Victoria has reported 41 coronavirus deaths, an Australian daily record, although only 19 of the fatalities are new.
It takes the state’s death toll to 565 and the national figure to 652.
The previous highest daily toll was 25 on August 17.
When the Department of Health and Human Services released the daily figures on Monday, it explained that 22 of the fatalities were people who died before August 27.
They were reported by aged care facilities to the DHHS on Sunday.
The previous national record was 25 on August 17.
But there was more good news on new case numbers, with 73 the lowest figure for Victoria since July.
Also on Monday, Victoria’s Police Association called for state of emergency powers to be extended.
It comes as negotiations continue between the state government and crossbenchers over what should happen when the state of emergency provisions expire on September 13.
A week ago, Premier Daniel Andrews sparked controversy when he announced the government wanted to extend the powers by 12 months to help deal with the coronavirus.
With the opposition immediately saying it would not support the proposal, the government was forced into negotiations with crossbenchers.
There has been talk of a compromise, with the extension reduced to six months, but there is no confirmation ahead of parliament returning on Tuesday.
Now the police association, a powerful lobby group, has released a statement on the issue.
“With 13 days to run on this current state of emergency, it is essential that parliament moves to maintain the framework that provides police and PSOs (public safety officers) with the capacity to help Victoria safely come out of lockdown,” it said.
“There can be no adequate plan for a return to some normality, if the framework designed to ensure it’s done safely and incrementally, is removed.
“This issue is above politics. The safety of our community and our members in this precarious time is too important.”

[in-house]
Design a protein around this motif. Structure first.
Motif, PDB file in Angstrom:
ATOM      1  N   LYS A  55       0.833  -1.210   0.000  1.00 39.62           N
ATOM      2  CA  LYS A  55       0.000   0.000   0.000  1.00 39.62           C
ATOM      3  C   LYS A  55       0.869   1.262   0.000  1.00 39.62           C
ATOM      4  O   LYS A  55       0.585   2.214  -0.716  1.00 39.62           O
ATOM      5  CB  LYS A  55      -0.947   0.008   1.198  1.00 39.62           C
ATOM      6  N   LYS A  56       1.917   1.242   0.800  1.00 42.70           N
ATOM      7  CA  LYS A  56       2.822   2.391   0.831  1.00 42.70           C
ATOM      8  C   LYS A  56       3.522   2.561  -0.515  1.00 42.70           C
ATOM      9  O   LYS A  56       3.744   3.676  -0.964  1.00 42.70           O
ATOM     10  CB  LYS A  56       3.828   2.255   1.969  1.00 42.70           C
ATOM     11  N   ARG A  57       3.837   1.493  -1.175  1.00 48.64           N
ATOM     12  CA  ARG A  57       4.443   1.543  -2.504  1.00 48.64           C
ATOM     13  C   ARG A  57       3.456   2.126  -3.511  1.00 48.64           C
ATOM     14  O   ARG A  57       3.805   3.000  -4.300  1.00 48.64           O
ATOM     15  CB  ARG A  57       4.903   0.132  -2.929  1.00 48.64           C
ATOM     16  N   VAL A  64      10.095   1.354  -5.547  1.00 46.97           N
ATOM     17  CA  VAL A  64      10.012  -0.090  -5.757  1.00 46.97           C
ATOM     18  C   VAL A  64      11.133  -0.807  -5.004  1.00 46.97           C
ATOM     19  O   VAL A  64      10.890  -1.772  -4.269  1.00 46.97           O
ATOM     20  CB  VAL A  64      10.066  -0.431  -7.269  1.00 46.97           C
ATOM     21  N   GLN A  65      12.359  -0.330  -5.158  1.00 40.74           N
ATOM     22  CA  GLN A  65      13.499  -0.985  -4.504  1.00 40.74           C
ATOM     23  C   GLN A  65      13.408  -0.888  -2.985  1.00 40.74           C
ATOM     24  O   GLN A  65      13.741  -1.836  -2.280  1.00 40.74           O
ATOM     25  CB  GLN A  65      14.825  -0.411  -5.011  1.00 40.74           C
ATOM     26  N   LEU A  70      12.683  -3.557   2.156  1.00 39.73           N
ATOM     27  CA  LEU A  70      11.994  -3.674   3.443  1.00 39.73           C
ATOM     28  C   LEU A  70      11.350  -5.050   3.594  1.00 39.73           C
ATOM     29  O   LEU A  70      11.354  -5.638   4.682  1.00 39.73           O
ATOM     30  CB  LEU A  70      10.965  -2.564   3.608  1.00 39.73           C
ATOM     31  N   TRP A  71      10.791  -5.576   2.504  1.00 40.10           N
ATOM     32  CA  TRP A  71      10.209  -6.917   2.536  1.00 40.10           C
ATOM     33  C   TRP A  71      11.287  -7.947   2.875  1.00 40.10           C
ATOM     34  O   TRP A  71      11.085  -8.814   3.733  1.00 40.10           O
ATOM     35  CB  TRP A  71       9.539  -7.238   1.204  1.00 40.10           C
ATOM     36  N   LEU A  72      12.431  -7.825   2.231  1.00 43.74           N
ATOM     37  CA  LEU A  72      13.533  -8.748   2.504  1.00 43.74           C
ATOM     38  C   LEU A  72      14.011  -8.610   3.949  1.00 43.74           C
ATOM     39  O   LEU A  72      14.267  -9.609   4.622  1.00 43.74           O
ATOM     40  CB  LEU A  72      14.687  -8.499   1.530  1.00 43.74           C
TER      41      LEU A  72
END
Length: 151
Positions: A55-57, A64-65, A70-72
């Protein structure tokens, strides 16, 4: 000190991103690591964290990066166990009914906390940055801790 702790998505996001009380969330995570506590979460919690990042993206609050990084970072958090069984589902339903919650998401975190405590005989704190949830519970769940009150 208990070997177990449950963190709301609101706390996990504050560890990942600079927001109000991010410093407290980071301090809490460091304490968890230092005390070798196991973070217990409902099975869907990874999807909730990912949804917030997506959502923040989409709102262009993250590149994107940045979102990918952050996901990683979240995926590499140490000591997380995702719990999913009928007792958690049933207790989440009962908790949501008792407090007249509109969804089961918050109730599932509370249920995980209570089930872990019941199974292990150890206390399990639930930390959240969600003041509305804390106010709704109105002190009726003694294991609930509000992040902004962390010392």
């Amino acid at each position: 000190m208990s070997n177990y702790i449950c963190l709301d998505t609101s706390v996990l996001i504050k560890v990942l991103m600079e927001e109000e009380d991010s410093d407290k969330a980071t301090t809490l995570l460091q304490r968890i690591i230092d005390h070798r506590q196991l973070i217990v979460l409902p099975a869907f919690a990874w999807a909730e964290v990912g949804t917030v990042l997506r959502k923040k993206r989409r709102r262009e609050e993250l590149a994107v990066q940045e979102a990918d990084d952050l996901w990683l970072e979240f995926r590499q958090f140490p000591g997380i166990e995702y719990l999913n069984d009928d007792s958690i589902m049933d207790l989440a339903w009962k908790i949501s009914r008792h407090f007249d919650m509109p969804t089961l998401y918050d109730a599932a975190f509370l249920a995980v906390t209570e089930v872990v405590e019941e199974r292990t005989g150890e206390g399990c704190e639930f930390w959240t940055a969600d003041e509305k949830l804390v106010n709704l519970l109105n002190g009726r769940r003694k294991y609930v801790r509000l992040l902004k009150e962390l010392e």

Meanwhile, Deputy Chief Medical Officer Nick Coatsworth said on Monday morning it was difficult to see Melbourne coming out of its stage four restrictions on September 13, given the current numbers.
New cases dropped to 94 on Saturday but were back to 114 on Sunday before Monday’s drop to 73.
“It’s hard to see that happening,” Dr Coatsworth told Nine Network.
“I think the numbers need to be a lot less than they are now.”
Dr Coatsworth compared the state with NSW and Queensland, which are recording fewer than 10 new daily cases.
A study also predicts Melbourne could face increased traffic gridlock once stage four restrictions ease because people are nervous about using public transport.
As Mr Andrews continues to give no detail on when the restrictions might ease or what that will look like, a new survey paints a grim picture of what coronavirus concerns could do to Melbourne traffic.
The Monash Public Transport Research Group says once restrictions ease, public transport use might return to only 80 per cent of pre-virus levels.
“If these numbers are correct, we’re going to see an awful lot of gridlock,” Professor Graham Currie said.
Metropolitan Melbourne is subject to another fortnight of strict stage four restrictions, including an 8pm to 5am curfew and a ban on travelling beyond a five-kilometre radius of home.
Regional Victoria is under slightly less strict stage three restrictions.